Here and Now: Pain and The Present.

I’ve stopped and started this article a thousand times. Each time hitting a wall of personal fear. How could I write about inner adventures and knowledge of self during a time in my life when I was struggling to take even an inch of my own advice. Feeling betrayed by life’s magic and fighting hard the old instinct to take drugs, smoke fuck loads of weed and not give a flying fuck about anyone just to momentarily forget the pain in my chest. How could I write even one word on how to cope with life, how to embrace it with open arms, when all I can experience is the hardship it seems to be bashing me over the head with? The biggest hurdle of my life so far; my mum’s death. Something which crept up on us. Something we didn’t want to admit we saw coming as soon as we all saw that lump.

“Grief is an incredibly strange thing. It surpasses every single emotion I’ve ever felt, a grey dreary mix of them all”

The cancer tore through her still reasonably young body in a matter of months and I used every technique imaginable to stay centred, be positive and as useful as I could to my family whilst not revealing the depths of the hurt in my actions. I expended every morsel of energy I could to not crumble in fear and panic and instead to stand tall, open and strong. I just wanted to be helpful, to ease the pain, to prove that the things I believe in actually do help. Especially when going through such a torturous time. And especially as a lot of what I say and do can be seen as hypocritical when I act like a human, instead of a monk. Obviously attempts to do so are fruitless, because this is not how it works. We’re all human. Our perfection exists exactly in its lack. Some of the time my techniques worked. My happiness manifested, I could cope. It became a learning curve even, as powerful events often prove in our lives. But so often they didn’t. It’s engulfing this kind of experience, all-consuming and dark. I felt hypocritical to preach methods for contentment. Feelings of overwhelming sadness and anger at the world replaced my inner calm and general love for the moment. And they were strong, raw and completely new to me.

“my sister and I spent our time engrossed in adult colouring books… as though we were just overgrown children, longing for distraction.”

Now some time has passed. I understand these moments are okay. More than okay. They’re necessary and profound, amazing even. I realise now that without feeling everything fully and accepting the immense power of those emotions, I wouldn’t be able to understand life on this level. Grief is an incredibly strange thing. It surpasses every single emotion I’ve ever felt, a grey dreary mix of them all, and even some completely new to me.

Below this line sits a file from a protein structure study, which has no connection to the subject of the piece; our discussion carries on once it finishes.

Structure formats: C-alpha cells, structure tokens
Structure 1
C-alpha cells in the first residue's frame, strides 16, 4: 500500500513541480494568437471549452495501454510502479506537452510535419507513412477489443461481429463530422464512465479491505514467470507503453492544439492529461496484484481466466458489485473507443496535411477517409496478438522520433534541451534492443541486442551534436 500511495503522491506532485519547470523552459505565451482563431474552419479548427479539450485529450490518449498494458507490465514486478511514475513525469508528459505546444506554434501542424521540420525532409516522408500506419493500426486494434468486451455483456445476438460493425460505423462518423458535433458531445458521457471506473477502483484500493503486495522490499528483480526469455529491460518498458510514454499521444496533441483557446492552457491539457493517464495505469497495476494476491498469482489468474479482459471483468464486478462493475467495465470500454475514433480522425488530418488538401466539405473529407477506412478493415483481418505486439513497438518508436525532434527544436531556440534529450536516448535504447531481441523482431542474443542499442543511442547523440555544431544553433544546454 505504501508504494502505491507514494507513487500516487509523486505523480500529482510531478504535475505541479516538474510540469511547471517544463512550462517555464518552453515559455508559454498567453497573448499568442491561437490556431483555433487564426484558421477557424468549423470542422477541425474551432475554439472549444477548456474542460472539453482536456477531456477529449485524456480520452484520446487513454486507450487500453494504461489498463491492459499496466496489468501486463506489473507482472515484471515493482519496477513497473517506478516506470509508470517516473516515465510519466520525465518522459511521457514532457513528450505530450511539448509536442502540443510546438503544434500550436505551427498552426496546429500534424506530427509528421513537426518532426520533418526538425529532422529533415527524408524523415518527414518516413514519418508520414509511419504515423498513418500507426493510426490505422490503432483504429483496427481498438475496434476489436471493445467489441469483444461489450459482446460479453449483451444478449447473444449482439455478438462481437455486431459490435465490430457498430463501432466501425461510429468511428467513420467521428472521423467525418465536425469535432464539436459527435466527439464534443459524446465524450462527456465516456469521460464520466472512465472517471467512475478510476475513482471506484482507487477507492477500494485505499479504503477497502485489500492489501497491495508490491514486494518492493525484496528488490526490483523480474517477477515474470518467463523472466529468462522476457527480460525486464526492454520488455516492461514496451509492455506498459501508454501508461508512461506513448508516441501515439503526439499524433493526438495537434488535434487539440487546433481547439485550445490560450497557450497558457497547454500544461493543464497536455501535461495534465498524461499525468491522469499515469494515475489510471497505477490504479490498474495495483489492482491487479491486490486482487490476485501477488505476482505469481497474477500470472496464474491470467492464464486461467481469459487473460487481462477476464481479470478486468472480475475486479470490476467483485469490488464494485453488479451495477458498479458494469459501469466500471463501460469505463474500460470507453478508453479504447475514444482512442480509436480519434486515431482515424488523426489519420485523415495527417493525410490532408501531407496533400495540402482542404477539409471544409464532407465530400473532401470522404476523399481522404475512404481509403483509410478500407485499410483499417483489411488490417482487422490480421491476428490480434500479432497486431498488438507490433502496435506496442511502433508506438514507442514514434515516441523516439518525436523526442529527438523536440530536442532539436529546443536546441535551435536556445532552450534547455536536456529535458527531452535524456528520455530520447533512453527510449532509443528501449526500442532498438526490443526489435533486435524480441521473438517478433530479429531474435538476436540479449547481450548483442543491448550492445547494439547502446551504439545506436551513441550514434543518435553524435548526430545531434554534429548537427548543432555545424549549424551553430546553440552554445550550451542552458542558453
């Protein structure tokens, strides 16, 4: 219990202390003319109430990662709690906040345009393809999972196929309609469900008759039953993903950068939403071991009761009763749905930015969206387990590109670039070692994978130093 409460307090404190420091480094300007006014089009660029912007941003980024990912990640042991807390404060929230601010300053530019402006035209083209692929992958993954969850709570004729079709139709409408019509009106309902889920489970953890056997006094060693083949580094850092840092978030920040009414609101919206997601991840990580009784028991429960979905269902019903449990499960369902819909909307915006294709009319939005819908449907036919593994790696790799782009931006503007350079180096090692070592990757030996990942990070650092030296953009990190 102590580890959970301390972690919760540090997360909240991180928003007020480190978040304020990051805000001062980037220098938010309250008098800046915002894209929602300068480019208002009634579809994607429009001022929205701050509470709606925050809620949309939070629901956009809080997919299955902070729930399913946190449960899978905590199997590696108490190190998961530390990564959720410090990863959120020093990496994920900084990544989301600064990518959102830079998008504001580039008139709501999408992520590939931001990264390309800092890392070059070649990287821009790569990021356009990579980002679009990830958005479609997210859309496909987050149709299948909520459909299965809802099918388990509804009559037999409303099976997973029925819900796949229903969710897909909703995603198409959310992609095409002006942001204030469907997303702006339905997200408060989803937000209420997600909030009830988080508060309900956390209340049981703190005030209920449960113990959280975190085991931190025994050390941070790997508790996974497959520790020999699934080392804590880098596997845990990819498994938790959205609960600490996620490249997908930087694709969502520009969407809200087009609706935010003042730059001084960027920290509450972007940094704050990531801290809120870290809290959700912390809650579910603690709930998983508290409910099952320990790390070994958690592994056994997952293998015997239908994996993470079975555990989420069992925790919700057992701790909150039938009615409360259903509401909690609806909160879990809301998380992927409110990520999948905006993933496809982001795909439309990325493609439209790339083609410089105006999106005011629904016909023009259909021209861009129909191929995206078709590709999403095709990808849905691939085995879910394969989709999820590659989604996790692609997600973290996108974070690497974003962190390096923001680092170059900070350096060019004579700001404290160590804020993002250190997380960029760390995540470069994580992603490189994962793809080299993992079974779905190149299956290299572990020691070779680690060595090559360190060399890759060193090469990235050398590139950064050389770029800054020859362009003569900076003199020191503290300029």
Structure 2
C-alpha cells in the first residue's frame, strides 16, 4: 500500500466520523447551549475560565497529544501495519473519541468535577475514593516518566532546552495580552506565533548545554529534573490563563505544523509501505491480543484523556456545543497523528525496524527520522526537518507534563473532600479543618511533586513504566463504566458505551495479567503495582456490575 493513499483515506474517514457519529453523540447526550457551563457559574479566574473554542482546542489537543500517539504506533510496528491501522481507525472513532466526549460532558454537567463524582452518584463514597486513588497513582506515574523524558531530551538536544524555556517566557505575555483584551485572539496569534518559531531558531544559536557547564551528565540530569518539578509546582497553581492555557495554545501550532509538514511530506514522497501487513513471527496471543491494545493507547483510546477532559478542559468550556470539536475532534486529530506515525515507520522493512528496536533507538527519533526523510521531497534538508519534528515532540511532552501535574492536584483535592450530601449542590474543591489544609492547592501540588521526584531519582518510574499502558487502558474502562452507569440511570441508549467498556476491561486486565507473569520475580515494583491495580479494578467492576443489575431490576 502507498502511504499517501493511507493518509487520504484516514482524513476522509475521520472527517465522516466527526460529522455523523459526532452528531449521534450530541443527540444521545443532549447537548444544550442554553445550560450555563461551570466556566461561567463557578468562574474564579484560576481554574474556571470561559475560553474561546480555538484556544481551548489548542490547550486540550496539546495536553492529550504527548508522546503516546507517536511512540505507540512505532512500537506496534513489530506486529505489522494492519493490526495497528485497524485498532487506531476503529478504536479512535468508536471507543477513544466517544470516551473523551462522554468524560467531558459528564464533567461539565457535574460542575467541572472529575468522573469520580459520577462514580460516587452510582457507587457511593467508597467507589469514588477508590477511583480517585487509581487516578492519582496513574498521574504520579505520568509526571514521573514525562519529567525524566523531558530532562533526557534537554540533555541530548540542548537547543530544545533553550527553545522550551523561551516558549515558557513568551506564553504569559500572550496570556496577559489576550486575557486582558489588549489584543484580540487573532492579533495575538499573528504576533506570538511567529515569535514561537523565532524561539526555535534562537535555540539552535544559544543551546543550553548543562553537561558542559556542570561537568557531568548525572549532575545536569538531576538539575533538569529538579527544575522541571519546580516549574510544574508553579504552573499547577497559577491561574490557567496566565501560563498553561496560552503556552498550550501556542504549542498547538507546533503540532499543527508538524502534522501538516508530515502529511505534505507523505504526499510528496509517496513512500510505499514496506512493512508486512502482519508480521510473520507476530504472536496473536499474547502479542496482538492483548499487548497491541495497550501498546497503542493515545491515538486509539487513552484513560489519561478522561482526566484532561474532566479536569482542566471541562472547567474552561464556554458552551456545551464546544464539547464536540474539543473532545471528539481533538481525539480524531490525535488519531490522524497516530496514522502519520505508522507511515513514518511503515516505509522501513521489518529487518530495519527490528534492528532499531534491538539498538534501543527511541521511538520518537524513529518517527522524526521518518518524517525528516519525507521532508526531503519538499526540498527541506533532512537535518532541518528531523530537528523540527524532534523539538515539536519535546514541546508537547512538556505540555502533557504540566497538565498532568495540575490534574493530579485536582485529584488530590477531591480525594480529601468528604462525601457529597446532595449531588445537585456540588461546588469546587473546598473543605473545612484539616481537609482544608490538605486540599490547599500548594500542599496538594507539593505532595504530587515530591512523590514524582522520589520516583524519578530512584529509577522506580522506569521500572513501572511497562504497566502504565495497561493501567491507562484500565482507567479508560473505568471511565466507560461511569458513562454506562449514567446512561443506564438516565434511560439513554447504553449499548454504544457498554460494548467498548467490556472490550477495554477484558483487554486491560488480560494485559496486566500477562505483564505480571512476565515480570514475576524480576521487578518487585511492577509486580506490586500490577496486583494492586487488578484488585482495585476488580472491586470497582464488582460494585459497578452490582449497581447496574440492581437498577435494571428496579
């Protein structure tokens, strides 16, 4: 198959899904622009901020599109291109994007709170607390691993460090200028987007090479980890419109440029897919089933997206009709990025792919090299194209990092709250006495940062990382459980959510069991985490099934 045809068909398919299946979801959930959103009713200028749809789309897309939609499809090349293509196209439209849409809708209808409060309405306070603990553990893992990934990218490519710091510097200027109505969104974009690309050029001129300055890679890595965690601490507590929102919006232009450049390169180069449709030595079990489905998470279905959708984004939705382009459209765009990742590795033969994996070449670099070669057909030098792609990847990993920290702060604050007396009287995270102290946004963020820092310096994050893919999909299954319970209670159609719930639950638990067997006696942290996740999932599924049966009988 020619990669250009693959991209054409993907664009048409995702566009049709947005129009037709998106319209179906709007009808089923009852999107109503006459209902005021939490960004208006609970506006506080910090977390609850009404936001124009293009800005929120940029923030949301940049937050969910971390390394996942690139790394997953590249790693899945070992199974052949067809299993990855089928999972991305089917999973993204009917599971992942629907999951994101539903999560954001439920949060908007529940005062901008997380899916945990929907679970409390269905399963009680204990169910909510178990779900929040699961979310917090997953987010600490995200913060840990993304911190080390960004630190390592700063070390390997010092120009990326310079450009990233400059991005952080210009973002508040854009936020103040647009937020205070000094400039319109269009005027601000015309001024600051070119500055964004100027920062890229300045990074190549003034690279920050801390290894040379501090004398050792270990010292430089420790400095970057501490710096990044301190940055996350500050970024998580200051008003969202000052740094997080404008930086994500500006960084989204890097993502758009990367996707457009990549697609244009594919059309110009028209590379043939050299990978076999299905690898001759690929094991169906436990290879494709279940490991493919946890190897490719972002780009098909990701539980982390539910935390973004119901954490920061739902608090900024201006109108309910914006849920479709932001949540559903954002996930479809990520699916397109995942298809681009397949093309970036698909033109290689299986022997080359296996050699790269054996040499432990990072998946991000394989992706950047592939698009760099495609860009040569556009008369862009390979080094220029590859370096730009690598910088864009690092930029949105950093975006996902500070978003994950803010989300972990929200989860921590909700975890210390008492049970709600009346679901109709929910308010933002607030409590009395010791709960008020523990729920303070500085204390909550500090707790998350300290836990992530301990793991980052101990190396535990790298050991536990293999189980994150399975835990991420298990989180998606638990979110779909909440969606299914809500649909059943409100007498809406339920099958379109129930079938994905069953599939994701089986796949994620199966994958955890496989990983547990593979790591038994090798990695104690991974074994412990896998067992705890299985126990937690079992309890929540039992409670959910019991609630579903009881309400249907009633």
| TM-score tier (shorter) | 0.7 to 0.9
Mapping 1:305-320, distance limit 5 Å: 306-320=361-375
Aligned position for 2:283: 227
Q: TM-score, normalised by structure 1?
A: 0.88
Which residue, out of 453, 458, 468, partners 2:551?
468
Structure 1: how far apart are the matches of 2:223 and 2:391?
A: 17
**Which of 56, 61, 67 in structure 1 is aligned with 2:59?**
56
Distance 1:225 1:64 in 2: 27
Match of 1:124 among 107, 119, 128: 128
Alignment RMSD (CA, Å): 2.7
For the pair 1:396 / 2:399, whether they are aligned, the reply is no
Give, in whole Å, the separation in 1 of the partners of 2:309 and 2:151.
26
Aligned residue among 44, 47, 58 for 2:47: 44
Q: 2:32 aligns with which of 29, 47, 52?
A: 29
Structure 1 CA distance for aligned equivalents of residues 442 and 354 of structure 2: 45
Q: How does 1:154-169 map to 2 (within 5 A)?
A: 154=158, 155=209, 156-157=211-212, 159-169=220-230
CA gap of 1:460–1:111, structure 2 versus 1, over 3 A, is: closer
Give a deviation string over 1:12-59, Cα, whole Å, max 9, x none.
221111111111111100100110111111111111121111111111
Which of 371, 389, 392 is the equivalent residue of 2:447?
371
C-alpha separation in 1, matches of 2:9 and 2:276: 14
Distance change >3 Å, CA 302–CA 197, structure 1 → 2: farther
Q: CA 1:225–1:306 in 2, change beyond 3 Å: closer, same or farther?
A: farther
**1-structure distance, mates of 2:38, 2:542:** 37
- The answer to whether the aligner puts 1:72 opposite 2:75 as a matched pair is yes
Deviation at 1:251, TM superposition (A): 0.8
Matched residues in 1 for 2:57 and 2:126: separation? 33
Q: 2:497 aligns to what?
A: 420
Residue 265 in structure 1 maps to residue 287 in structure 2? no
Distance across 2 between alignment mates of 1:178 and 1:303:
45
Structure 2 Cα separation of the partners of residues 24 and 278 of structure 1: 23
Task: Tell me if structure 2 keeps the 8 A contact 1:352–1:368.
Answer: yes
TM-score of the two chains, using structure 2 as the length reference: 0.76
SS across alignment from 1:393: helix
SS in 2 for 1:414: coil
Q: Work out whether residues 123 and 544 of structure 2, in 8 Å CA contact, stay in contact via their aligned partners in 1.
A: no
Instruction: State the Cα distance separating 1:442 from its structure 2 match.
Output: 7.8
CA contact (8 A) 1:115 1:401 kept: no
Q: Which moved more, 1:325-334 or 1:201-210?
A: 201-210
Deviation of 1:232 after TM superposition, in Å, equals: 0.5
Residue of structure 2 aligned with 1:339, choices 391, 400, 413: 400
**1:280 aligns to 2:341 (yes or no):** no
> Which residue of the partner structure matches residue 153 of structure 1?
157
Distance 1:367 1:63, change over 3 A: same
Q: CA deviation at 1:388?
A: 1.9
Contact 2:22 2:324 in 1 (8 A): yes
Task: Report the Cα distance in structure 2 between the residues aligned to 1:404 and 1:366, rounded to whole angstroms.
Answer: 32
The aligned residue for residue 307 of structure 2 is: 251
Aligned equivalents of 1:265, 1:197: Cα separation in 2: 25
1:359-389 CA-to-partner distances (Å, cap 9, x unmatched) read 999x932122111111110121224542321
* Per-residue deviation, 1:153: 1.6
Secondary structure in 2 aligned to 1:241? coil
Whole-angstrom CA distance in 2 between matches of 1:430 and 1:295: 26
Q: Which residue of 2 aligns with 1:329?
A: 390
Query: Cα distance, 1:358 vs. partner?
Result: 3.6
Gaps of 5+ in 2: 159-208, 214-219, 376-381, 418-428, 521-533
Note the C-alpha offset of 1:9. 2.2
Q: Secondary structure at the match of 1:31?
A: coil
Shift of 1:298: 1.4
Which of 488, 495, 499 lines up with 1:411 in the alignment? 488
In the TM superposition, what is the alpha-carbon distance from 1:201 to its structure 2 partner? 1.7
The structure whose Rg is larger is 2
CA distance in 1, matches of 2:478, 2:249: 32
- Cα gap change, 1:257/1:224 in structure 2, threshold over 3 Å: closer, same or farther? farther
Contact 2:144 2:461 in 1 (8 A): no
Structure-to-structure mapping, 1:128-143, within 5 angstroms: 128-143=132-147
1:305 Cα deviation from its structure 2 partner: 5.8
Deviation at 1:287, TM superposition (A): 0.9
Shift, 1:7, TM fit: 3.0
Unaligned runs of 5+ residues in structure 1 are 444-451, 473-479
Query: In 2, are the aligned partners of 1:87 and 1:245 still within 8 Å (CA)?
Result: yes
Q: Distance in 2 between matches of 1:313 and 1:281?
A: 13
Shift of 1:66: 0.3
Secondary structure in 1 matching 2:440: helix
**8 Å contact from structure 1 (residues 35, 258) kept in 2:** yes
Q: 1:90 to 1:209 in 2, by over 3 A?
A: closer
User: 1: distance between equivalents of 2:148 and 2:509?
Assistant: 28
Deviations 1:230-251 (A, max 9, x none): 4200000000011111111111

During the last few days of my mother’s life, my wee family and I stayed by her side. Dad had been her 24/7 nurse for months now, devoting every waking minute to her wellbeing. My sister and I visited as regularly as we could and eventually both made the decision to move home as things became worse. We knew we should be there. We made the living room; where her hospital bed was, into a calm and peaceful scene. Her favourite meditation music playing on repeat, incense burning around the house. The wall-to-wall windows framing a stunning view of the valley for her to gaze onto through morphine-induced eyes. Every nurse who visited commented on how peaceful and calm the place was; how they couldn’t imagine a nicer place to go. The house was always quiet. I would do reiki on her. We would whisper to each other plans for food and my sister and I spent our time engrossed in adult colouring books in between the morphine doses and toilet breaks, as though we were just overgrown children, longing for distraction. We were there completely. And it was these moments I will never forget. We were all a team and never have I felt so proud to be part of that team. I re-learned something during this. Something I thought I knew how to do. How to be present. Really present. Here and Now present. Not telling a story about the situation and getting lost in my own hurt and pain. To be still. Concentrate on my breathing. On the sound of the wind in the birch trees outside. The call of the crows outside. The Blackbird and the Robin. To not question what my life would be like without my mum. To not make a sob story about how unfair it all is. To wonder if anyone was thinking about me. To be there fully, feeling it fully without judgement. Accepting it exactly as it is. And to just be.